Mary was blessed among women.
She was humble and faithful.
Yes, yes, and yes.

I’m going to go out on a limb here:
I’m not sure she was spilling with joyful, exuberant happiness for her entire pregnancy.

Did she have faith? Yes.
Did she have happiness? Not necessarily always.

This immaculate conception is the blessing of Christmas, the foundation of Christianity, the gift to the world, but I imagine in Mary’s family, it was also a crisis of grand proportions.

She was 13 years old. She was betrothed to Joseph, and in that day and culture, betrothal was as close to marriage as any couple could come – without consummation and living together. She was his promised, she was his wife, even as they waited for their wedding day. He was responsible for her. She belonged to him. And she was inexplicably pregnant. Women were stoned for less than this.

(And I’ve often wondered why the cheating men weren’t.)

There were questions and assumptions in the community, and I’m sure she had specific questions and unknowns of her pregnancy – especially this being her first.

Here’s what I find exceptional in the story. (As if the whole blessed story isn’t exceptional.)

Mary’s relative (cousin or aunt… nobody’s sure) Elizabeth was six months pregnant. Her pregnancy was a miracle, too. She was barren and old, she had endured decades of infertility, a cultural disgrace. And the angel Gabriel came to her husband, Zechariah, to say: I know this seems unbelievable, but your wife is going to have a baby. Name him John.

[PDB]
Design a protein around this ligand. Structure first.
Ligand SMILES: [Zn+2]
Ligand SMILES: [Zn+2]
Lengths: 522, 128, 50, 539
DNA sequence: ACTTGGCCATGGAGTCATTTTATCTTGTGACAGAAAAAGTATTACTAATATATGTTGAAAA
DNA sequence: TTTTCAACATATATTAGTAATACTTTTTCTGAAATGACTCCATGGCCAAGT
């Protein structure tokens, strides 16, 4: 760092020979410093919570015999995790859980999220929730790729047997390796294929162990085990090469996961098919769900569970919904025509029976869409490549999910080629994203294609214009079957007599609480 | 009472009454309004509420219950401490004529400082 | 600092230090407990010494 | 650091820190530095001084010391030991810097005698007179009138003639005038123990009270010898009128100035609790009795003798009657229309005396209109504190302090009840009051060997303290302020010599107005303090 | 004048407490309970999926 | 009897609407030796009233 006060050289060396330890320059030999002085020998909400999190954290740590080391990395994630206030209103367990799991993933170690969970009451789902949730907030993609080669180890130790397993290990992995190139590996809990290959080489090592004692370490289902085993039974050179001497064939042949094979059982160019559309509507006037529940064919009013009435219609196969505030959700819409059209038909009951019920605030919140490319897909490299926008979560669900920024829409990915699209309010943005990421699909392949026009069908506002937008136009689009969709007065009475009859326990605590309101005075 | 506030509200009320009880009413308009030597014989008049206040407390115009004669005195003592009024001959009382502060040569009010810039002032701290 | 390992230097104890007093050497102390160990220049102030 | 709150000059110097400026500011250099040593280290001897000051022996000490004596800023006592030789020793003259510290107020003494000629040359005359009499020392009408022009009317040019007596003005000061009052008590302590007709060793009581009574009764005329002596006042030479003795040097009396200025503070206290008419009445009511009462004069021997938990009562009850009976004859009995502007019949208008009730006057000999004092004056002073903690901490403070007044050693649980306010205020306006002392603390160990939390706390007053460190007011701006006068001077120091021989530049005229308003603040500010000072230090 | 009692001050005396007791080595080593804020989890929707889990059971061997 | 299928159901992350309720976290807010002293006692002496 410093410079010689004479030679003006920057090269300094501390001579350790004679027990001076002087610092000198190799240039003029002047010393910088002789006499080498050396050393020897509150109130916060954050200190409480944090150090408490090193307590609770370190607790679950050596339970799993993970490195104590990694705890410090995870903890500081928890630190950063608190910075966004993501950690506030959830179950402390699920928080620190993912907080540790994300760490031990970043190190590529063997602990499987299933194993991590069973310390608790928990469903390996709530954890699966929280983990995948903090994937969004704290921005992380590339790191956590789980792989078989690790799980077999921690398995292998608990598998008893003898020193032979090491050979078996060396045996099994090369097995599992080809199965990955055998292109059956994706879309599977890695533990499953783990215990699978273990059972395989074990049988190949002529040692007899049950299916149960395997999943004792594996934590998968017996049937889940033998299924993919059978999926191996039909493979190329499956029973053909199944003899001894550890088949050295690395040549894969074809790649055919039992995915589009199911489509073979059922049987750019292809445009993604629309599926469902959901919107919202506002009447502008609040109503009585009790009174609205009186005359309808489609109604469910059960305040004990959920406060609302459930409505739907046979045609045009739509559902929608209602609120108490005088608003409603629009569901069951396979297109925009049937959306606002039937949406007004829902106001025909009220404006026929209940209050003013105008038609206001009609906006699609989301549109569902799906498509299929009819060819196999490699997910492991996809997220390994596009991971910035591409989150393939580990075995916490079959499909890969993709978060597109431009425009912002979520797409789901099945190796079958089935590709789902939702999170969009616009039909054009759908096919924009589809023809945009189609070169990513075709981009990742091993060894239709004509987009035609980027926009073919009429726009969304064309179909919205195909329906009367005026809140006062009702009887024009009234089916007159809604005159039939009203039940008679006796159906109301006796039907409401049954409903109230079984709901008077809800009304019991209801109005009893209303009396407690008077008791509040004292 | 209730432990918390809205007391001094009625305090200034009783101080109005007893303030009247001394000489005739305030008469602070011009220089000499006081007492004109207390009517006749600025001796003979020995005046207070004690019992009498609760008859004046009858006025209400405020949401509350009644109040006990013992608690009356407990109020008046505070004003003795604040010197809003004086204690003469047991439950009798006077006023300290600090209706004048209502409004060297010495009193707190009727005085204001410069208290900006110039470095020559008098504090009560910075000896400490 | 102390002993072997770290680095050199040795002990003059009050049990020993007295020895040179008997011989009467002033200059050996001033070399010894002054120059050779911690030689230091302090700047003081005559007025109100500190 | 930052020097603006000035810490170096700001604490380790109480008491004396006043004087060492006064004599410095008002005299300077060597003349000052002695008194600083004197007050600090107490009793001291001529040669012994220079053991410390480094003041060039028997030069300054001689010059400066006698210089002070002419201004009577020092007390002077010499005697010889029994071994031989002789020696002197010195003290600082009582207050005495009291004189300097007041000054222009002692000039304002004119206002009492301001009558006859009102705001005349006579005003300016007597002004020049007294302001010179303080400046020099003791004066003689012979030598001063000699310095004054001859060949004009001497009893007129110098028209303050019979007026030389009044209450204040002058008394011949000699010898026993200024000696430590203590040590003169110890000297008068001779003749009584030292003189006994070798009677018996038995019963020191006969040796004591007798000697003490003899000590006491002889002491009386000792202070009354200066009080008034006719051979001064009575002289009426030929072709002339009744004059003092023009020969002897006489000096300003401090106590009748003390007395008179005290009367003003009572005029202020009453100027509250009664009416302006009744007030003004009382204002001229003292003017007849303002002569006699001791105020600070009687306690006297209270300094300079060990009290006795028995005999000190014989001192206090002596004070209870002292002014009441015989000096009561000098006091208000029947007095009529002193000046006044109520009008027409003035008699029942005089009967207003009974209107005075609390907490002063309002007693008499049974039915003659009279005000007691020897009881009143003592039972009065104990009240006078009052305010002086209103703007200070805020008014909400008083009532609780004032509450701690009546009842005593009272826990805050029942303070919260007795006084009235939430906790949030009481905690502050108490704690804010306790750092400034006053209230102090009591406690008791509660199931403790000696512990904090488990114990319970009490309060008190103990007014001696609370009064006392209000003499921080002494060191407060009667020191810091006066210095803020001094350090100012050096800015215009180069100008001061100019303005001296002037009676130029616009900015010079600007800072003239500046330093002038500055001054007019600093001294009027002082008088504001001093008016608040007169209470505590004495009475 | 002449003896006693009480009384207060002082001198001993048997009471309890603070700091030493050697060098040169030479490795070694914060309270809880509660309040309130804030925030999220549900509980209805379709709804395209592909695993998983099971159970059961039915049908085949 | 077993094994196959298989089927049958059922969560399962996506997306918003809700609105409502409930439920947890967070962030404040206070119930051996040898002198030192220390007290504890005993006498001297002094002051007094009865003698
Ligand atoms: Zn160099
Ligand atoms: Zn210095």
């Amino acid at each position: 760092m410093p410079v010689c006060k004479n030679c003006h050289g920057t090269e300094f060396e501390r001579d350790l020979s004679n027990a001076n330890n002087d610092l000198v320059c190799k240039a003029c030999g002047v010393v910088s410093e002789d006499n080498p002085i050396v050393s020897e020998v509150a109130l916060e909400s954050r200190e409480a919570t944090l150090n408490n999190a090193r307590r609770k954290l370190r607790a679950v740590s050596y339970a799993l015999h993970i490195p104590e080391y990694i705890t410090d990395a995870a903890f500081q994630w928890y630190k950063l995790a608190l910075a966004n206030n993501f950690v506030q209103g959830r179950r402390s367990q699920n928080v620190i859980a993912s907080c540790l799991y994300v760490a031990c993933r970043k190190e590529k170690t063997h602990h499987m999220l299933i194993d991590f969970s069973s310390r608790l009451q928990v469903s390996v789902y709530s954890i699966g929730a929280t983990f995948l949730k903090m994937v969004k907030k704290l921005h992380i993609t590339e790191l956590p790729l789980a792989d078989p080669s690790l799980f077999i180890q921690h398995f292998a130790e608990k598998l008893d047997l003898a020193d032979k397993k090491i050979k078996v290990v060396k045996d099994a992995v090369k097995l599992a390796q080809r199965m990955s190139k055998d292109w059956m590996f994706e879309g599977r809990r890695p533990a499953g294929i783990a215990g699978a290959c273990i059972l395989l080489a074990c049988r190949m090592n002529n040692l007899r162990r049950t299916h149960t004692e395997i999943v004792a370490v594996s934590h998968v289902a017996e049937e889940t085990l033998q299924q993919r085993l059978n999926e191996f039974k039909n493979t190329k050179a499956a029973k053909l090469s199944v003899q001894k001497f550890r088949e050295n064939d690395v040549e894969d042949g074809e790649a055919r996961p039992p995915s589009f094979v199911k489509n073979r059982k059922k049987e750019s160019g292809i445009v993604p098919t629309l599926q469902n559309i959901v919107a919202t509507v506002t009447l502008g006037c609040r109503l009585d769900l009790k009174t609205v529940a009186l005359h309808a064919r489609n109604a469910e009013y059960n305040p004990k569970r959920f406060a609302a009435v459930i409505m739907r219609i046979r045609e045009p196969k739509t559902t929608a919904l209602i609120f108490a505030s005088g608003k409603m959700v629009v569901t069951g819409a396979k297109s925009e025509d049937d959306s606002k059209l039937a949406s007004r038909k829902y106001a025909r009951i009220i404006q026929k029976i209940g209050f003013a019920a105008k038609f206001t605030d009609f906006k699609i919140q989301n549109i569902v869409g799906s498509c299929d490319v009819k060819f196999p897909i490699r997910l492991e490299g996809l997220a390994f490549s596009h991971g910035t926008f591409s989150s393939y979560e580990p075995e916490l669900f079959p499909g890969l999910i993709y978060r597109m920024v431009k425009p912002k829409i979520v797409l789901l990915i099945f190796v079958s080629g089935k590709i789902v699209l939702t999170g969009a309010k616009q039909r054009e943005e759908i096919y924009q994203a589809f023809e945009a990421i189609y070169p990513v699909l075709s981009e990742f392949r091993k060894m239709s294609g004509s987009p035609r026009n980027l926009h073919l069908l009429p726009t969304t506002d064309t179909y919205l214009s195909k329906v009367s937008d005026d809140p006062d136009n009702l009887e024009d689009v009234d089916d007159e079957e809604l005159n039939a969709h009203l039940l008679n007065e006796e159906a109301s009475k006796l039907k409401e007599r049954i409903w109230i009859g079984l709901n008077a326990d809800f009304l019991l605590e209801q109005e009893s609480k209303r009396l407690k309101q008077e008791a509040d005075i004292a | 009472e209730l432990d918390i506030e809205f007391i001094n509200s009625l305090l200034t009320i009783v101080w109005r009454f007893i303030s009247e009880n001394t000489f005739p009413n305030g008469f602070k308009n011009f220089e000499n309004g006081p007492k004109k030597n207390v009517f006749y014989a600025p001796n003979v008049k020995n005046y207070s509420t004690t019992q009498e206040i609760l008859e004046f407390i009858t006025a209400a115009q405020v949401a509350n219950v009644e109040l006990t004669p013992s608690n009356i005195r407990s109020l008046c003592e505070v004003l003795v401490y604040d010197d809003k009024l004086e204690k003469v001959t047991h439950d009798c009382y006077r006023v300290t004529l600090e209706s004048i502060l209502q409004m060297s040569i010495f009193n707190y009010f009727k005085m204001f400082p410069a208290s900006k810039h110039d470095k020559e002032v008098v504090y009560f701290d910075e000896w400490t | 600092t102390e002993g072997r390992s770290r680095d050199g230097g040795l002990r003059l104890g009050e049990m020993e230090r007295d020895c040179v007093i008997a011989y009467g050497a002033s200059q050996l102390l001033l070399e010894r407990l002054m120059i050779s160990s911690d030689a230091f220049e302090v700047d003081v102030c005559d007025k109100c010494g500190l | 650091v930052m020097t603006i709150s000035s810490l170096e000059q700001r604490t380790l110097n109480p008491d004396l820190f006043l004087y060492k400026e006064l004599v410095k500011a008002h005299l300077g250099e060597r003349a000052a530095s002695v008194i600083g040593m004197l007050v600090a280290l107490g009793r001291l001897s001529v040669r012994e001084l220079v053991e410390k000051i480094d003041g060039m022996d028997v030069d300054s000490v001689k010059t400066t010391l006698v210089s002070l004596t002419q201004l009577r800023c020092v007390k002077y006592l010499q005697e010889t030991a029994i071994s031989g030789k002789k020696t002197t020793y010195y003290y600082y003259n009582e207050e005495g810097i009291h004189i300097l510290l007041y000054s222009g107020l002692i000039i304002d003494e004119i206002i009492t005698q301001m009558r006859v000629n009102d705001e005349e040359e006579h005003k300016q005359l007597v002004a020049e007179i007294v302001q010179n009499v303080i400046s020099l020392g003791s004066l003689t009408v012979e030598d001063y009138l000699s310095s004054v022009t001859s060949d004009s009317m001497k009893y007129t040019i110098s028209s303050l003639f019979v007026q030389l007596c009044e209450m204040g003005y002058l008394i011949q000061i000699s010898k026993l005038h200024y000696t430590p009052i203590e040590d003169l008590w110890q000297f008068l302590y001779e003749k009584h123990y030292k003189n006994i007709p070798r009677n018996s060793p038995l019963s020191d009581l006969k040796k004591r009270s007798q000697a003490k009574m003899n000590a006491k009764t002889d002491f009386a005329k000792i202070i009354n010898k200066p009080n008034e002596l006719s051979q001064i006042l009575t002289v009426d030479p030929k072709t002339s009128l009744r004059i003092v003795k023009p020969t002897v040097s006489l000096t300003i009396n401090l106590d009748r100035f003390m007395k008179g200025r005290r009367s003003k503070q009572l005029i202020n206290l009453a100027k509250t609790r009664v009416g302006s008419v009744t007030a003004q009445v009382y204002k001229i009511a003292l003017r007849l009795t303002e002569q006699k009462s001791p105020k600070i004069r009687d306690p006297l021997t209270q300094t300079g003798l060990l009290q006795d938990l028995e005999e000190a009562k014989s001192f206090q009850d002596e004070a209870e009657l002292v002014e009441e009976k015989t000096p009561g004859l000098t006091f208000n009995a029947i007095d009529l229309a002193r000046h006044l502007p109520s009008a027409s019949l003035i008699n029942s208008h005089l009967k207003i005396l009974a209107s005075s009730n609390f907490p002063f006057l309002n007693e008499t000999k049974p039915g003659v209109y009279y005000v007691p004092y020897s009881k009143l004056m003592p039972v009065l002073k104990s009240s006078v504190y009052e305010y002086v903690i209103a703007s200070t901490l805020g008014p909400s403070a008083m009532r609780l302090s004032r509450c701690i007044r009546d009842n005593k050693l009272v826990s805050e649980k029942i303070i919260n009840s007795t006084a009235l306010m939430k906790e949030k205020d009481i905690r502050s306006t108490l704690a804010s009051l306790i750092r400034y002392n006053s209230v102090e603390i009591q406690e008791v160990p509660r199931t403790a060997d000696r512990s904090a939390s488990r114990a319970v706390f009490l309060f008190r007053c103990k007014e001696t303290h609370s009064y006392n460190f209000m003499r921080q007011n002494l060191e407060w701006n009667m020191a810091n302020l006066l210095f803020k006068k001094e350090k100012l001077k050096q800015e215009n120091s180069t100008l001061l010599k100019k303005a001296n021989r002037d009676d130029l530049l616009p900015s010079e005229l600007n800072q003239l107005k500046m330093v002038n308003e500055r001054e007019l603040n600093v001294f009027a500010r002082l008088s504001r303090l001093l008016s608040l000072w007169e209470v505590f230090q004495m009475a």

(At which point Zeke asked a few questions and was henceforth put on silence until the baby’s birth.)

So when Mary learns that she is pregnant with the Christ child, she then learns too of Elizabeth’s pregnancy – also a miracle. And in the months when her life was most in danger over the questions and accusations of a virgin birth, Mary traveled to live with Elizabeth for three months, until Elizabeth gave birth to John.

What a gift, for Mary to watch and see, up close and personal, the ins and outs of pregnancy, from a woman who also had no biological explanation for this happening within her.

God paved the way, so that she may know.

And as he paved the way for her to know, he was growing John the Baptist within Elizabeth, who would be forever linked to Jesus: paving the way for the Messiah.

And the Messiah came, lived, died, and rose again,
so that we may know.

The whole thing really blows me away.

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